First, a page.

According to statistics published by the Anti-Defamation League, there has been a spike in antisemitic incidents since the Oct. 7. attack by Hamas on Israel. The Paly graduate at NYU said he is concerned and fearful of the increased antisemitic sentiments in the U.S.

A banner supporting the “Free Palestine” movement as part of the pro-Palestinian college encampments on the Royce Quad at the University of California, Los Angeles. (Photo: Name withheld)
Faculty members voicing their support to students who are participating in the encampment protests in front of the Royce Hall at the University of California, Los Angeles. (Photo: Name withheld)

Watching the spread of antisemitism in the United States as these encampments spread terrifies me,” he said. “Anti-Zionism or the refusal to recognize the Jewish state of Israel is antisemitism, as 90% of Jews are Zionists. I think this spread is a reflection of the failure of the American education system to lower antisemitism.

According to a poll cited in an AP News article, more than half of Asian-Americans and Pacific Islanders believe that the United States should support and offer aid to Palestinians. Former Paly student and Associated Student Body President Johannah Seah (class of 2023), who is currently majoring in Asian American Studies at the University of California, Davis, urges everyone, including Asian Americans, to stand in solidarity with Palestinians. 

“With the wave of student protesters in college campuses now who are protesting the genocide being committed by Israel against Palestinians, I can’t help but think about the Third World Liberation Front Protests and how so many Asian Americans rose up in solidarity to fight and dedicated their lives to social change and revolution,” Seah said. “Don’t let this pass by as something distant. Don’t stay apolitical. We as Asian Americans need to stand in solidarity and be the revolution. Our histories are often forgotten even in our own communities. Do not let yourself forget. We are not free until everyone is free.”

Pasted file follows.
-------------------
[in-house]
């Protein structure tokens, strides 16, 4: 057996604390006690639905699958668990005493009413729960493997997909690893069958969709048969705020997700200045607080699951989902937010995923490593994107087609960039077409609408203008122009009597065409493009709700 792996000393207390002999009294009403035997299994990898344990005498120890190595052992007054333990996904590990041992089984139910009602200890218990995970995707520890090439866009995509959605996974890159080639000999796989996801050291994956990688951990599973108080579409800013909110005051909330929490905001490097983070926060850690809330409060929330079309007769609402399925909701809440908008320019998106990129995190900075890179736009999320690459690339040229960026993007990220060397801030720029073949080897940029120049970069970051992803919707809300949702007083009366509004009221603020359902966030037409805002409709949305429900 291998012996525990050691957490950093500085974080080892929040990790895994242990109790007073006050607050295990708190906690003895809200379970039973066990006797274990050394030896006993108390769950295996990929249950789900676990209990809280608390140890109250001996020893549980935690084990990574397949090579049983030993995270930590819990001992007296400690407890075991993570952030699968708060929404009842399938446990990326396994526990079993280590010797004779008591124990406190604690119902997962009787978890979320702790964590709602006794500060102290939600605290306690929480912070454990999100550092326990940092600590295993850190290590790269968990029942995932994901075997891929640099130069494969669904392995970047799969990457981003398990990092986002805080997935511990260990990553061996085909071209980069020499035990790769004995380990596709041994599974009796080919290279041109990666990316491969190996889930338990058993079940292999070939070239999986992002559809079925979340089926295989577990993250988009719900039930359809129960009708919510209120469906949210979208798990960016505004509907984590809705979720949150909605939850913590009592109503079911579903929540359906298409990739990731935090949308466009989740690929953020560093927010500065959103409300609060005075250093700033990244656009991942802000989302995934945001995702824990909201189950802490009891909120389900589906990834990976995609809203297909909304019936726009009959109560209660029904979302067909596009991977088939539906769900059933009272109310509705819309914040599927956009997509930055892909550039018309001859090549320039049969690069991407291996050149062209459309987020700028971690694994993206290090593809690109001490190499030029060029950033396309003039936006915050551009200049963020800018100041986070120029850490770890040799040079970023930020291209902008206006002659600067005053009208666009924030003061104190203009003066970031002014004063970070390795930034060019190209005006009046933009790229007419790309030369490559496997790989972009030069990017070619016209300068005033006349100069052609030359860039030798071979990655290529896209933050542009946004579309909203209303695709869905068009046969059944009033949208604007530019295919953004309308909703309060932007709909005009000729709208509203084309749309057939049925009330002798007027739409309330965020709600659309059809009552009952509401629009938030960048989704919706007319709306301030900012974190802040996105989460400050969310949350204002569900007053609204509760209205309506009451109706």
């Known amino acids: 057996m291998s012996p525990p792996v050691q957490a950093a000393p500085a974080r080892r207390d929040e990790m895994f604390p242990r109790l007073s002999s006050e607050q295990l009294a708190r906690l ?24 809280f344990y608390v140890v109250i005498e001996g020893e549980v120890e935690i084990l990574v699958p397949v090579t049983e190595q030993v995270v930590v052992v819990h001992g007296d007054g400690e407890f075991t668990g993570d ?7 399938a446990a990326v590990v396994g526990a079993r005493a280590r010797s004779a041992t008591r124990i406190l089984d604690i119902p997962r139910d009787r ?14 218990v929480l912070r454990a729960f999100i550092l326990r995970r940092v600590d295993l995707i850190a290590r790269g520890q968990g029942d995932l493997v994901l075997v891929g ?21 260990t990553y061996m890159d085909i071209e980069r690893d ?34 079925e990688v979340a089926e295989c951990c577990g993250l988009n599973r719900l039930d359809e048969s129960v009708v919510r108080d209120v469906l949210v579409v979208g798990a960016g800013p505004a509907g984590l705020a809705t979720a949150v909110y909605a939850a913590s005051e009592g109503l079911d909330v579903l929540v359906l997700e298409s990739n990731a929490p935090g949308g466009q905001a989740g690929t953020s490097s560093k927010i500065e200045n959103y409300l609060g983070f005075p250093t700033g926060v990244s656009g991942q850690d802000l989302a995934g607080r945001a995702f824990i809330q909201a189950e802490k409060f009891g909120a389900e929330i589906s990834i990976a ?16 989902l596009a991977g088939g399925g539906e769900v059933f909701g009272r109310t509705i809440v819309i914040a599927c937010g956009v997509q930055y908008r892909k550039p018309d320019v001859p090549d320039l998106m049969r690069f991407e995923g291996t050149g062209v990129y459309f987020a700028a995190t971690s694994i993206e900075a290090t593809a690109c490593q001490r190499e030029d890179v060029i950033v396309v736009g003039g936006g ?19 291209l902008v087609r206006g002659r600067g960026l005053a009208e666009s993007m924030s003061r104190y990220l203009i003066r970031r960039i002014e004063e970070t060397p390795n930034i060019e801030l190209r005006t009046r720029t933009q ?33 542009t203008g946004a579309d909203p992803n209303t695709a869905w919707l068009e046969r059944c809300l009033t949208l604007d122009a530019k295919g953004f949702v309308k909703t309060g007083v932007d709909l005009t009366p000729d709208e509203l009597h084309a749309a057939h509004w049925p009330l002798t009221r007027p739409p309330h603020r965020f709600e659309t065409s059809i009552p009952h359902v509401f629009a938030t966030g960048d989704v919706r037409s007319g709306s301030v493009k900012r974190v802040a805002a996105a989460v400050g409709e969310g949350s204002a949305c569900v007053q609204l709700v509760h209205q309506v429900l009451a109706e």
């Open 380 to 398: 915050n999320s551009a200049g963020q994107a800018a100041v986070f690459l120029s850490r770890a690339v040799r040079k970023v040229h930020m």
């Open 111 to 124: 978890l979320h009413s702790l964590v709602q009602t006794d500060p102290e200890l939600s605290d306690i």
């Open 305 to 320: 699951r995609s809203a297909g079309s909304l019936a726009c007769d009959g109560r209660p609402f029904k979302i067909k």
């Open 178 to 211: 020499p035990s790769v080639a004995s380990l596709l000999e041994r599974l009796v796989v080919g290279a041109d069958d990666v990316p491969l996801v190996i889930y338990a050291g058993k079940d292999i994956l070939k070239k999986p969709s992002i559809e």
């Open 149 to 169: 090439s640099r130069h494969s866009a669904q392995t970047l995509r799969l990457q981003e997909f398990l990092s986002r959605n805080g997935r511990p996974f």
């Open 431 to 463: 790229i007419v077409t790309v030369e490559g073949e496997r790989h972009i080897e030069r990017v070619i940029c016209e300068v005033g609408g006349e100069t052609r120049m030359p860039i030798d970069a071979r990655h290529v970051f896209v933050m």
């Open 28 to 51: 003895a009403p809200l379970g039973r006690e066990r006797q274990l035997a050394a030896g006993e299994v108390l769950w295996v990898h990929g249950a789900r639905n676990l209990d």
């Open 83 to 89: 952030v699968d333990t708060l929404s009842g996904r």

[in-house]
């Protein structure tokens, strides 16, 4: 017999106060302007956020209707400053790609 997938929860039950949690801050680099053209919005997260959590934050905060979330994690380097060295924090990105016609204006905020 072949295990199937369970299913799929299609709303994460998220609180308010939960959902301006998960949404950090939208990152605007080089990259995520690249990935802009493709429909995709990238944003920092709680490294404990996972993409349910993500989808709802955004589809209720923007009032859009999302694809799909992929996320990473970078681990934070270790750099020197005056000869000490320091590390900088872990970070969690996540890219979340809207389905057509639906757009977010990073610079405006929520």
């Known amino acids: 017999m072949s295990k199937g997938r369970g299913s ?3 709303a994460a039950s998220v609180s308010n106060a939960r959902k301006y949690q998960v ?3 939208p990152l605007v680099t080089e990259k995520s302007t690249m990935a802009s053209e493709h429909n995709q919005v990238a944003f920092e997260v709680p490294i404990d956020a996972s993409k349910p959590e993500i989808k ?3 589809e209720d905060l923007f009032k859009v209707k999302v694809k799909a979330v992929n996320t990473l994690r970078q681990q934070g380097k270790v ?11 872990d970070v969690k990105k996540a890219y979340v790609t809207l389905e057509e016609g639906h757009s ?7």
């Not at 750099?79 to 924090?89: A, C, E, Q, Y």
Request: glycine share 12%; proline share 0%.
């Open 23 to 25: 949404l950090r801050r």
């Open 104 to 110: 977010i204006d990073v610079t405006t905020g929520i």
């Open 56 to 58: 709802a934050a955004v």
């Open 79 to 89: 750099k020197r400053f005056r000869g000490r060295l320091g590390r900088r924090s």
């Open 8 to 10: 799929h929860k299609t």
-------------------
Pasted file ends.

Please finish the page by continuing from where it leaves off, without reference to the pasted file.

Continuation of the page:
Pro-Palestinian student activists protest for a ceasefire in Gaza and divestment of funds from the State of Israel with community art, signs, drums and posters on the Quad at the University of California, Davis. (Photo: Johannah Seah)

Seah said the encampments are an important time for students to take action.

“I know many of you, including me, have grown up in a privileged space, and I implore you to use that position to think critically and see injustices clearly,” Seah said. “See why we desperately need solidarity.”

According to a Paly graduate (class of 2023) who is studying at the Massachusetts Institute of Technology, that wishes to remain anonymous, MIT encampment protests are a commendable representation of the protesters’ beliefs.

“The tents are a tangible reminder of what’s happening in Gaza, but otherwise campus felt normal,” she said. “People stop by at the tents to chat with their friends and sit together. I think the protesters are admirable for their courage to stand up for what they believe in.”

However, according to the Paly alumnus currently attending NYU, the protests will not prompt a viable solution to the Israel-Hamas war in Gaza.

I don’t think the encampments impact the actual war,” he said. “I think the encampments are a reflection of a privileged Western need to make a conflict halfway around the world about themselves. Many of these protesters are highly privileged, liberal university students who have little connection to the conflict and are uneducated about it.

He added: “While the U.S. is absolutely involved in the war, most of the demands the protests call for are incredibly complex and would barely impact the war,” he said. “At most universities, students call for divestment from Israel. At Columbia, students are calling for the removal of all University funds from current actions that are connected to what they call ‘Israel apartheid, genocide and occupation in Palestine.’ …  As these students called for this in their encampment, Jewish students and faculty at Columbia were told to stay home for their personal safety.

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Celina Lee
Celina Lee, Editor-in-Chief